Review: MacBook Pro impresses, Retina MacBook Pro dazzles
The new 15-inch MacBook Pro is blazing fast, but the all-new Retina MacBook Pro is unsurpassed
Introduced in 2006, redesigned with a unibody aluminum chassis in 2009, and upgraded to quad-core CPUs in 2011, Apple's 15-inch MacBook Pro has long been a go-to notebook for professionals of all stripes. Available since June, the new 15-inch MacBook Pro -- updated with Intel's latest Ivy Bridge CPUs, 1,600MHz memory, enhanced graphics, and at last, USB 3.0 -- is back on the leading edge, while its completely reengineered sibling, the MacBook Pro with Retina display, defines a new edge entirely.
The latest crown jewel of Apple's pro notebook lineup is completely new: from the ultra-high-resolution display (the highest ever on a notebook), to the MacBook Air-inspired slim chassis, all the way down to the standard, stunningly fast solid-state drive (SSD) flash storage.
[ Check out OS X Mountain Lion's top 25 features in the InfoWorld slideshow. | For tips and tools for managing an enterprise Mac fleet, download InfoWorld's free "Business Mac" Deep Dive PDF special report today. | Keep up with key Apple technologies with the Technology: Apple newsletter. ]
Don't let the slender case and lower weight fool you. The Retina MacBook Pro is a pro notebook through and through, squeezing the Ivy Bridge-fueled performance of the 15-inch MacBook Pro into a 4.5-pound package measuring just 0.71 inch thick. You can tell from the name that the display is literally nothing like you've ever seen, but the whole machine is an engineering marvel. The Retina MacBook Pro pushes the notebook two years into the future, and there's no early adopter tax in the price. It costs less than a comparable bundle of upgrades to 15-inch MacBook Pro.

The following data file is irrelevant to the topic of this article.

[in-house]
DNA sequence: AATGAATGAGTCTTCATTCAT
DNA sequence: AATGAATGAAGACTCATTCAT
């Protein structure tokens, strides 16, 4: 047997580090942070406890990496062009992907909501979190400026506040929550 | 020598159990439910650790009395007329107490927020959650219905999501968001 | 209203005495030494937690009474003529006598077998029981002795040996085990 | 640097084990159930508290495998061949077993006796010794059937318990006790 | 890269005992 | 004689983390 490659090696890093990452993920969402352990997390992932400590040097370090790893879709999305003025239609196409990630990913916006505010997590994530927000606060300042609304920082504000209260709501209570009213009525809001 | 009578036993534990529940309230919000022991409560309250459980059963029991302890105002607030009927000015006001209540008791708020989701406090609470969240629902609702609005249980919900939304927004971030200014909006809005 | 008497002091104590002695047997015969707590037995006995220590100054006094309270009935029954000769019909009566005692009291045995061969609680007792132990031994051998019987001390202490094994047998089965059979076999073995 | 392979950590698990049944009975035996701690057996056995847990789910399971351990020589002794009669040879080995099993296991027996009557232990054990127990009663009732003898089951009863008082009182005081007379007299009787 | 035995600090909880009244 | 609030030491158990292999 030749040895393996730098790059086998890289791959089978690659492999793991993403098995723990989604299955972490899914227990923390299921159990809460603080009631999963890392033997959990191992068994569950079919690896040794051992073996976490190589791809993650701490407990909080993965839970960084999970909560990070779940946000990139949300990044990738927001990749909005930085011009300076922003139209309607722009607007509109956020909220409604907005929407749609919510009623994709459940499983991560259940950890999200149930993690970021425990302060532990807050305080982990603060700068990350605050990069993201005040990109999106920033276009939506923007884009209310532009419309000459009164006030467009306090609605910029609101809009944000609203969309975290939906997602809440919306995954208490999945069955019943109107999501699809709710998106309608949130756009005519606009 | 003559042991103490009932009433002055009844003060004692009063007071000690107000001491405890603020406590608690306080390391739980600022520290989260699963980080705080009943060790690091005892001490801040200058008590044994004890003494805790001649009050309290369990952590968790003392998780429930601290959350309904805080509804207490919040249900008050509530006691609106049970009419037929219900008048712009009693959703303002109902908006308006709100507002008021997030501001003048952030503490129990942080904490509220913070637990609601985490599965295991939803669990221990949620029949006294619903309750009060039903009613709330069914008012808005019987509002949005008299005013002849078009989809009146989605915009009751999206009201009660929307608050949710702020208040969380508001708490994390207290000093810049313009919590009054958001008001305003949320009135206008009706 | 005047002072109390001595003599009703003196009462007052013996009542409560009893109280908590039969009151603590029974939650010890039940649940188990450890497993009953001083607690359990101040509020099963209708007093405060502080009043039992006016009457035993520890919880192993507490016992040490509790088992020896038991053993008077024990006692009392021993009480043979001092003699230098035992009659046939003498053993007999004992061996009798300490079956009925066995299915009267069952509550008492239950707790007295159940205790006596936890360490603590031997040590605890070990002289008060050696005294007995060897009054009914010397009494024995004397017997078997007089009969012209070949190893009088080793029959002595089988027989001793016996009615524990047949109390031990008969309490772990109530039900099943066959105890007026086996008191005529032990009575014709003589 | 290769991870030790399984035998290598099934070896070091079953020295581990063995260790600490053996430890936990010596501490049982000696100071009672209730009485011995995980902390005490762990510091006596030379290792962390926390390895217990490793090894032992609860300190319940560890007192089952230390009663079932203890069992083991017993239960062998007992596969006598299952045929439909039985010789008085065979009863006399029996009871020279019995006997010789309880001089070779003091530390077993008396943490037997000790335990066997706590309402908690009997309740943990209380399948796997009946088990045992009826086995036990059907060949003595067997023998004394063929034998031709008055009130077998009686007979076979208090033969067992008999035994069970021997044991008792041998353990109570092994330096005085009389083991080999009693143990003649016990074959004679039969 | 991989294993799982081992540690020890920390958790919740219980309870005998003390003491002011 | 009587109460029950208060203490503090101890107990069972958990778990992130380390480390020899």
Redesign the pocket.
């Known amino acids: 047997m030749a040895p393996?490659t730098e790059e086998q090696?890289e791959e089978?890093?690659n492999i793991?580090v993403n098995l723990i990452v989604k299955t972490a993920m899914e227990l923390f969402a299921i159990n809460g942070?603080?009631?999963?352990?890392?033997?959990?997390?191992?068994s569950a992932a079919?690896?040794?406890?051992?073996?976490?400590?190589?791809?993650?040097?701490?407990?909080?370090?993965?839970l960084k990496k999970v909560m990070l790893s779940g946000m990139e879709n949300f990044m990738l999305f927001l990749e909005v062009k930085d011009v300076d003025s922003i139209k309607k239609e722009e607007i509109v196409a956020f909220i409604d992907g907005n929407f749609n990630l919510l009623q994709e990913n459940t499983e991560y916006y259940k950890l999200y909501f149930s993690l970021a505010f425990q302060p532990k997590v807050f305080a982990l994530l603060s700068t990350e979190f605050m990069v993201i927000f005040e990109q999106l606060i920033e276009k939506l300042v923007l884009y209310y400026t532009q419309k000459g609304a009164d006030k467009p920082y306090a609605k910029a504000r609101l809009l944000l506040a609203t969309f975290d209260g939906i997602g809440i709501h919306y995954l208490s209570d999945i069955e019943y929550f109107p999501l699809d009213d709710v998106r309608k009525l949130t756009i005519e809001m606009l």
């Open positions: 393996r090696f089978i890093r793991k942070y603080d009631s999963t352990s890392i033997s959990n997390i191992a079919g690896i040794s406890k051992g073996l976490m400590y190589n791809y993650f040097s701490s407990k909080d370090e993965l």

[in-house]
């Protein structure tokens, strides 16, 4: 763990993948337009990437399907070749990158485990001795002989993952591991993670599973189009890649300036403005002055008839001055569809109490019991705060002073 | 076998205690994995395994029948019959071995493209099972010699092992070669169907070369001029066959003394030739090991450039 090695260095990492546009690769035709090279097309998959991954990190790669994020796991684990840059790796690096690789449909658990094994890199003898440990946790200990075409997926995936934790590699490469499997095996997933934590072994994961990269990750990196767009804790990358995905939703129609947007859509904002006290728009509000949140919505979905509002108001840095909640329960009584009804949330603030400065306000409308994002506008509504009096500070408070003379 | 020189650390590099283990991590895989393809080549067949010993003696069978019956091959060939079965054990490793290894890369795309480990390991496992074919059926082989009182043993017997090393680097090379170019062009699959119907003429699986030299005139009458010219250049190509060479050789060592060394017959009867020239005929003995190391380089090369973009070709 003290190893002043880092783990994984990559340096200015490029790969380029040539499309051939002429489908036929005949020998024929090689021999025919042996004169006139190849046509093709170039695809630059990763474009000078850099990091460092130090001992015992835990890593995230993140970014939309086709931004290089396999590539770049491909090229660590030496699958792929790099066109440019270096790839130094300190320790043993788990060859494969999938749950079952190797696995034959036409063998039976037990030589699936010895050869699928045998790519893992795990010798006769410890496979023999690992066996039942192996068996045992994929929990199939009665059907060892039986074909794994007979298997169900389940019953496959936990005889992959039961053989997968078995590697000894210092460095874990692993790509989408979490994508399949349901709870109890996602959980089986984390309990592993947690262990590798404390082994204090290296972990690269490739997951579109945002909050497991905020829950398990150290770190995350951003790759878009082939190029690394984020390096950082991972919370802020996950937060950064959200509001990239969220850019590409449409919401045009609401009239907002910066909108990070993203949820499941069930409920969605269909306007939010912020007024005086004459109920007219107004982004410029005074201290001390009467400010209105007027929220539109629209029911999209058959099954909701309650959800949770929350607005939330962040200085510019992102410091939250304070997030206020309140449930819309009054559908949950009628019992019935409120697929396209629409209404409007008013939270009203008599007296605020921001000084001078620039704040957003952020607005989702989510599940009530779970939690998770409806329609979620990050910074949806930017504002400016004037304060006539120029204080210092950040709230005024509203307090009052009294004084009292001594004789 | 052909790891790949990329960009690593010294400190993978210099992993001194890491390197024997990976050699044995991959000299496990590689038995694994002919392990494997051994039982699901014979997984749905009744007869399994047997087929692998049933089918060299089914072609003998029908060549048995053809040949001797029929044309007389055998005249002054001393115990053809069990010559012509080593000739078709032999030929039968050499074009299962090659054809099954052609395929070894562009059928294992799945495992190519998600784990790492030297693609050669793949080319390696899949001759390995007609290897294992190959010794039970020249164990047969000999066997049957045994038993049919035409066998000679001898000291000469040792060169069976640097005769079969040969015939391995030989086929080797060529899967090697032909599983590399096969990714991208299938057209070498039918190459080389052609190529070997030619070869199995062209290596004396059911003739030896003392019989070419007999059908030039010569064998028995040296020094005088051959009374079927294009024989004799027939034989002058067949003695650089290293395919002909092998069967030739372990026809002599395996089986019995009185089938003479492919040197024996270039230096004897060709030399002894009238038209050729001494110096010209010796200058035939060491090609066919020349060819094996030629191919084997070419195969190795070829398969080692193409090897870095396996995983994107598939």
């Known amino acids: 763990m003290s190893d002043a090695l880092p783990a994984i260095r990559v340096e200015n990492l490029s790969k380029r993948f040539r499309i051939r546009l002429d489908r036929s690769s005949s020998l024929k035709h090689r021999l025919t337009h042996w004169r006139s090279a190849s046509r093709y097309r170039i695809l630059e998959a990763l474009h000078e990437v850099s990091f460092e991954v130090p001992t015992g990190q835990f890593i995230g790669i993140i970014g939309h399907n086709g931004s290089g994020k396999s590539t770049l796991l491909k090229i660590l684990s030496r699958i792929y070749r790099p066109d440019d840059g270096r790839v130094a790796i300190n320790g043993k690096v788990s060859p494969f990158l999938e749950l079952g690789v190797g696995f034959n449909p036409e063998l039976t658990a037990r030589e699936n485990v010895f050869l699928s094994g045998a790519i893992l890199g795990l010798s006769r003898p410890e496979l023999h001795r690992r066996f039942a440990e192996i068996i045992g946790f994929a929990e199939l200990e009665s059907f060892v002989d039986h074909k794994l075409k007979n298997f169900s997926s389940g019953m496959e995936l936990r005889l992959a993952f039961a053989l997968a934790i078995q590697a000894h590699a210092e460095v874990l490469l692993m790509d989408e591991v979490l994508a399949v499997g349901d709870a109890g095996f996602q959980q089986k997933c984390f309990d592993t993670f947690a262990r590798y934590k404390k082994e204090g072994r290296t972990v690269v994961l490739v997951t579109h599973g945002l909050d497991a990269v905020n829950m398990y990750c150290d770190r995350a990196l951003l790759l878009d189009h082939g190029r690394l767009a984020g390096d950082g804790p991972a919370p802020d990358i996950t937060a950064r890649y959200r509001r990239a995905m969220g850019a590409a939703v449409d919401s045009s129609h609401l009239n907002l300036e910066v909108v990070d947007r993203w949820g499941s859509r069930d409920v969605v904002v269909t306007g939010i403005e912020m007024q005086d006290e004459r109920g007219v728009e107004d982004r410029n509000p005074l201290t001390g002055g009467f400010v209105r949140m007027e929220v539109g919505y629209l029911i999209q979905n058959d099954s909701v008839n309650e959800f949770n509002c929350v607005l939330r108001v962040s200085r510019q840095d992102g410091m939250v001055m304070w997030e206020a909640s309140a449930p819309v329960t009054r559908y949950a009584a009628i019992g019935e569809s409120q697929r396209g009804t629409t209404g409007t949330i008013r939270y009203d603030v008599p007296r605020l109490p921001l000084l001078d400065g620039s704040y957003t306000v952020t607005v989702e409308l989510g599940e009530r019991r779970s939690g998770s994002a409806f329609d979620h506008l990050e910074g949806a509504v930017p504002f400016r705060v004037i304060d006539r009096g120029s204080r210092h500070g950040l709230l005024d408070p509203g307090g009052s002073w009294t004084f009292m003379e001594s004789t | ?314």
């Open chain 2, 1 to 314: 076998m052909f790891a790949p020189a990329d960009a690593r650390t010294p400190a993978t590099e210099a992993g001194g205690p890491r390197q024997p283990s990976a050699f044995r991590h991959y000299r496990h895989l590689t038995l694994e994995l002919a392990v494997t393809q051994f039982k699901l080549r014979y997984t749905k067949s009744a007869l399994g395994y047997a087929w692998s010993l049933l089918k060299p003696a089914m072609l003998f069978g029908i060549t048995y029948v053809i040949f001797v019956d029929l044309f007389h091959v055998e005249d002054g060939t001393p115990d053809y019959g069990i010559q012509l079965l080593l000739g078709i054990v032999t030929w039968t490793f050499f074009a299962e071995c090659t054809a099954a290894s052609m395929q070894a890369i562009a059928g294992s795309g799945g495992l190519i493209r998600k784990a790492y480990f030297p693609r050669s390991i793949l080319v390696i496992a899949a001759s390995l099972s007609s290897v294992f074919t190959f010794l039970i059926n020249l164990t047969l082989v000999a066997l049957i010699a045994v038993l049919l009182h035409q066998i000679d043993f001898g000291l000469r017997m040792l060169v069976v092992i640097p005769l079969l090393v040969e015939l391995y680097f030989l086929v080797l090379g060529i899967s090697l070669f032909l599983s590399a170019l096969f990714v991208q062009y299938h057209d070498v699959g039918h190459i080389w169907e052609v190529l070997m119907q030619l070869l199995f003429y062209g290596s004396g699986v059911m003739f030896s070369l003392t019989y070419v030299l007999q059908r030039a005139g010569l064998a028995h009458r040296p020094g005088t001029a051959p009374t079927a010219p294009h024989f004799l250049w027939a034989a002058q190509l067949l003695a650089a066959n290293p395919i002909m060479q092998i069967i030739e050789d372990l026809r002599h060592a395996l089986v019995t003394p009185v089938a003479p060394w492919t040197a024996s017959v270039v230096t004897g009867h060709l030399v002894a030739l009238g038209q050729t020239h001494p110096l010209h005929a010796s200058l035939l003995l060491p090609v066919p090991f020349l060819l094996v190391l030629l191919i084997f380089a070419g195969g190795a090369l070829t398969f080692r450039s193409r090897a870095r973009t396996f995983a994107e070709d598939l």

Apple topped off the June upgrade to its pro notebook lineup with the July release of OS X Mountain Lion (version 10.8). I tested the new 15-inch MacBook Pro, the Retina MacBook Pro, and Mountain Lion to see how they measure up to the demanding requirements of technical and creative professionals. I used the latest tools from Adobe, Apple, Quark, Parallels, and open source, drawing media and code from large commercial projects. If you're the kind of person whose daily work pushes notebooks to the limits of performance and durability, this review is for you.
Common ground: Ivy Bridge to Mountain Lion
I work-tested the base 2.3GHz configurations of 15-inch MacBook Pro and MacBook Pro with Retina display. They're priced at $1,799 and $2,199 respectively before you add configure-to-order options. Apple's step-up models and à la carte options let you select the CPU speed, disk type (magnetic or SSD) and capacity, and RAM.
Several key new features are common to all 15-inch MacBook Pro models, with and without Retina display. The heart of the 15-inch MacBook Pro is a new Intel quad-core, Core i7 mobile CPU. This updated microarchitecture, code-named Ivy Bridge, is an engineering increment to the Sandy Bridge CPU that originally brought quad-core to the MacBook Pro. Intel designed Ivy Bridge to be a drop-in replacement for Sandy Bridge; notebook makers can use the new chip without changing anything else.